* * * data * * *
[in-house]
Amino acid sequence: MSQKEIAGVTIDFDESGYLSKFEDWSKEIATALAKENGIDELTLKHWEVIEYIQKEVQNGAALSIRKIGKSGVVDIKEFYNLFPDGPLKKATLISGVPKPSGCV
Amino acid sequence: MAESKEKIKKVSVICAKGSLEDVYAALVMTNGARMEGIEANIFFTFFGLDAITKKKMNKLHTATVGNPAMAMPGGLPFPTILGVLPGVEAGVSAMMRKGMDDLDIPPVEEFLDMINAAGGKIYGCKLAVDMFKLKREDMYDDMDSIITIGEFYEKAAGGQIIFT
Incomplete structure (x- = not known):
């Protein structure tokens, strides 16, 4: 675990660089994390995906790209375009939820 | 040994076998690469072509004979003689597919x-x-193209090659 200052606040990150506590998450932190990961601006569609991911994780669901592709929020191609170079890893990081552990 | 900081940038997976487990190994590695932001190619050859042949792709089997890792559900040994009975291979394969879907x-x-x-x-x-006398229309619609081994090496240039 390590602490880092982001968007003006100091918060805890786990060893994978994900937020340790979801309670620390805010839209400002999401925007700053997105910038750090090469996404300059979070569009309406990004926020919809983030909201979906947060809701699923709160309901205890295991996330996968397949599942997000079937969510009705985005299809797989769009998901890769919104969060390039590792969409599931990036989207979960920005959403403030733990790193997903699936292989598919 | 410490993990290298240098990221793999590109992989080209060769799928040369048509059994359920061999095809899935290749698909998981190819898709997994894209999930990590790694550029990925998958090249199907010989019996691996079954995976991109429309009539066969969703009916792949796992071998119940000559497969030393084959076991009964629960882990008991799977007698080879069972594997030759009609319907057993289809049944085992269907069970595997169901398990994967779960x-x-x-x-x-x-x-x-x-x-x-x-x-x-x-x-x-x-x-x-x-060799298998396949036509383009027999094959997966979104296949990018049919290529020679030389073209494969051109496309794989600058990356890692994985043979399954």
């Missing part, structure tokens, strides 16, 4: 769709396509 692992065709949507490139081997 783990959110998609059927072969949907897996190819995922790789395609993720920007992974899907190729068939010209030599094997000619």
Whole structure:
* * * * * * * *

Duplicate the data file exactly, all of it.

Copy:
[in-house]
Amino acid sequence: MSQKEIAGVTIDFDESGYLSKFEDWSKEIATALAKENGIDELTLKHWEVIEYIQKEVQNGAALSIRKIGKSGVVDIKEFYNLFPDGPLKKATLISGVPKPSGCV
Amino acid sequence: MAESKEKIKKVSVICAKGSLEDVYAALVMTNGARMEGIEANIFFTFFGLDAITKKKMNKLHTATVGNPAMAMPGGLPFPTILGVLPGVEAGVSAMMRKGMDDLDIPPVEEFLDMINAAGGKIYGCKLAVDMFKLKREDMYDDMDSIITIGEFYEKAAGGQIIFT
Incomplete structure (x- = not known):
């Protein structure tokens, strides 16, 4: 675990660089994390995906790209375009939820 | 040994076998690469072509004979003689597919x-x-193209090659 200052606040990150506590998450932190990961601006569609991911994780669901592709929020191609170079890893990081552990 | 900081940038997976487990190994590695932001190619050859042949792709089997890792559900040994009975291979394969879907x-x-x-x-x-006398229309619609081994090496240039 390590602490880092982001968007003006100091918060805890786990060893994978994900937020340790979801309670620390805010839209400002999401925007700053997105910038750090090469996404300059979070569009309406990004926020919809983030909201979906947060809701699923709160309901205890295991996330996968397949599942997000079937969510009705985005299809797989769009998901890769919104969060390039590792969409599931990036989207979960920005959403403030733990790193997903699936292989598919 | 410490993990290298240098990221793999590109992989080209060769799928040369048509059994359920061999095809899935290749698909998981190819898709997994894209999930990590790694550029990925998958090249199907010989019996691996079954995976991109429309009539066969969703009916792949796992071998119940000559497969030393084959076991009964629960882990008991799977007698080879069972594997030759009609319907057993289809049944085992269907069970595997169901398990994967779960x-x-x-x-x-x-x-x-x-x-x-x-x-x-x-x-x-x-x-x-x-060799298998396949036509383009027999094959997966979104296949990018049919290529020679030389073209494969051109496309794989600058990356890692994985043979399954």
């Missing part, structure tokens, strides 16, 4: 769709396509 692992065709949507490139081997 783990959110998609059927072969949907897996190819995922790789395609993720920007992974899907190729068939010209030599094997000619």
Whole structure: